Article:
Mercedes-Benz: Supercar raises the roof

Mecedes-Benz SLS AMG roadster. Photo / Supplied
Mecedes-Benz SLS AMG roadster. Photo / Supplied

Only a handful of New Zealanders will get to own the car described as the ultimate open-air driving experience, the Mercedes Benz SLS AMG roadster.

And they won't get much change from $500,000 for the ride. The tailor-made supercar was unveiled in Australia last week, about 18 months after the arrival Downunder of the "gullwing" SLS AMG coupe on which the soft-top is based.

The coupe cost $450,000 - the roadster will be more expensive still, carrying standard features such as a full leather interior that is optional on the gullwing coupe.

Mercedes-Benz NZ has sold 10 coupes; its regional head office across the ditch has sold 75. Already 10 Australians have put deposits on the roadster. Deliveries will take four months. No word from the New Zealand office yet on roadster buyers here.

The German-built two-seat SLS roadster was developed by AMG alongside the coupe, the spiritual successor to the famous gullwing 300SL model of the 1950s.

The roadster loses the gullwing doors and solid roof in favour of two conventional frameless doors and a folding soft-top.

Offered in three colours - black, red and beige - the triple-layer insulated roof can be lowered or raised in 11 seconds, even on the move at up to 50km/h.

Fitted with a bonded and heated rear window, the soft-top is mounted on a lightweight magnesium, aluminium and steel frame that folds away in a Z shape behind the fixed dual roll-over protection bars.

The roof and its folding mechanism add just 37kg to the overall weight of the topless car. A weight gain of around 3kg to the roadster's body means it tops out at 1660kg against the coupe's 1640kg.

The roadster's luggage space is 3 litres shy of the coupe's 176 litres because of extra strengthening to compensate for the loss of the coupe's roof. But body rigidity is said to be the same as the coupe.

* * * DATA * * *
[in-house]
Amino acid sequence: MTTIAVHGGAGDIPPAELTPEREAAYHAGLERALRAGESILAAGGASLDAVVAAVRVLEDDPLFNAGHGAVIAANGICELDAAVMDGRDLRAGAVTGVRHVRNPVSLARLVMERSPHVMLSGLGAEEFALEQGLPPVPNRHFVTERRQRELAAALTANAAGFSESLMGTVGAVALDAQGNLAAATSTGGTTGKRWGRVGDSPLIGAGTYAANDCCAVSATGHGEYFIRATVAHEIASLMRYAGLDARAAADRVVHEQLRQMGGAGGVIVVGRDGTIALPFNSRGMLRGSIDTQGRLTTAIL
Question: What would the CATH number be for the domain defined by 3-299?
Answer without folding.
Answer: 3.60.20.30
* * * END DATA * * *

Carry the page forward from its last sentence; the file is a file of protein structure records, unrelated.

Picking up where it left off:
The soft-top's door openings were deepened into the box-section side sills to make up for the lack of step-in headroom of the coupe's high-lifting gullwing doors,

The roadster uses the same AMG powertrain as the coupe, a 6.2-litre naturally aspirated V8 tucked behind the front axle line, mated to a seven-speed dual-clutch automatic transmission mounted on the rear axle.

The driveshaft is carbon-fibre. The transaxle layout allows for a 47/53 front-rear weight distribution, the same as the gullwing model.

The big V8 has dry-sump lubrication. This reduces the height of the engine, allowing it to be fitted lower down in the engine bay for a lower centre of gravity.

It delivers 420kW at 6800rpm and 650Nm at 4750rpm.The convertible can sprint from zero to 100km/h in the same 3.8 seconds as the gullwing. Top speed is said to be 317km/h.

The seven-speed transmission is claimed to change gears in as little as 100 milliseconds, and offers four driving modes - controlled efficiency, sport, sport-plus and manual.

All modes are selected by a rotary knob on the console, and the manual changes are made through steering-wheel paddles.

The driver can also select a race-start launch function that works electronically with a mechanical diff lock for maximum traction on starts.

The SLS roadster - like the coupe - drinks 13.2 litres/100km on the combined cycle, pumping out 311g of carbon dioxide per kilometre.

The SLS roadster sits on the same aluminium spaceframe as the coupe, with some steel strengthening in key safety areas such as the A pillars.

To make up for the lack of a roof, the roadster gets thicker side skirts, additional struts to support the dashboard cross-member against the windscreen frame and centre tunnel, a curved strut between the soft-top and the petrol tank that reinforces the rear axle, and a reinforcing crossmember behind the seats to support the rollover protection system. The overall result, claims AMG, is a roadster that is not only refined but performs as well as the gullwing coupe.

Four-wheel double-wishbone suspension continues the race-engineering theme, with most components such as the wishbones and steering knuckles cast from aluminium for low unsprung weight.

The low-riding chassis squats on a wide track - 1682mm at the front and 1653mm at the rear - further enhancing cornering.

Standard AMG seven-spoke alloy wheels are shod with 265/35 tyres on the front and 295/30 rubber at the rear.

- NZ Herald

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